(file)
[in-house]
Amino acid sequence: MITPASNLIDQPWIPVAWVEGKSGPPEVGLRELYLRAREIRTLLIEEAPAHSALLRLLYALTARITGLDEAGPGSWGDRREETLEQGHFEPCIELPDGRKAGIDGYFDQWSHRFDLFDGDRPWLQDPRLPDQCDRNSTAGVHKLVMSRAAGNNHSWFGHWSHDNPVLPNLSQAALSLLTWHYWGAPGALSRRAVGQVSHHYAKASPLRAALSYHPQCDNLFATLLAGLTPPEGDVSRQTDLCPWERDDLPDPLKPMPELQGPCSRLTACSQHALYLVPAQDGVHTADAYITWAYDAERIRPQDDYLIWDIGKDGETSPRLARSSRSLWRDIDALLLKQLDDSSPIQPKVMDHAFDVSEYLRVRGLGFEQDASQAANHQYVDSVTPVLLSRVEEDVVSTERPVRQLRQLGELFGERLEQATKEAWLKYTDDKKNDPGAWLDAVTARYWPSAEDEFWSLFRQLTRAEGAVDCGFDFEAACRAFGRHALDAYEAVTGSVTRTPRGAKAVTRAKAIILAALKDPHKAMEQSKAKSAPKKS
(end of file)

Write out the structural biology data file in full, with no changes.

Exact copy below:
[in-house]
Amino acid sequence: MITPASNLIDQPWIPVAWVEGKSGPPEVGLRELYLRAREIRTLLIEEAPAHSALLRLLYALTARITGLDEAGPGSWGDRREETLEQGHFEPCIELPDGRKAGIDGYFDQWSHRFDLFDGDRPWLQDPRLPDQCDRNSTAGVHKLVMSRAAGNNHSWFGHWSHDNPVLPNLSQAALSLLTWHYWGAPGALSRRAVGQVSHHYAKASPLRAALSYHPQCDNLFATLLAGLTPPEGDVSRQTDLCPWERDDLPDPLKPMPELQGPCSRLTACSQHALYLVPAQDGVHTADAYITWAYDAERIRPQDDYLIWDIGKDGETSPRLARSSRSLWRDIDALLLKQLDDSSPIQPKVMDHAFDVSEYLRVRGLGFEQDASQAANHQYVDSVTPVLLSRVEEDVVSTERPVRQLRQLGELFGERLEQATKEAWLKYTDDKKNDPGAWLDAVTARYWPSAEDEFWSLFRQLTRAEGAVDCGFDFEAACRAFGRHALDAYEAVTGSVTRTPRGAKAVTRAKAIILAALKDPHKAMEQSKAKSAPKKS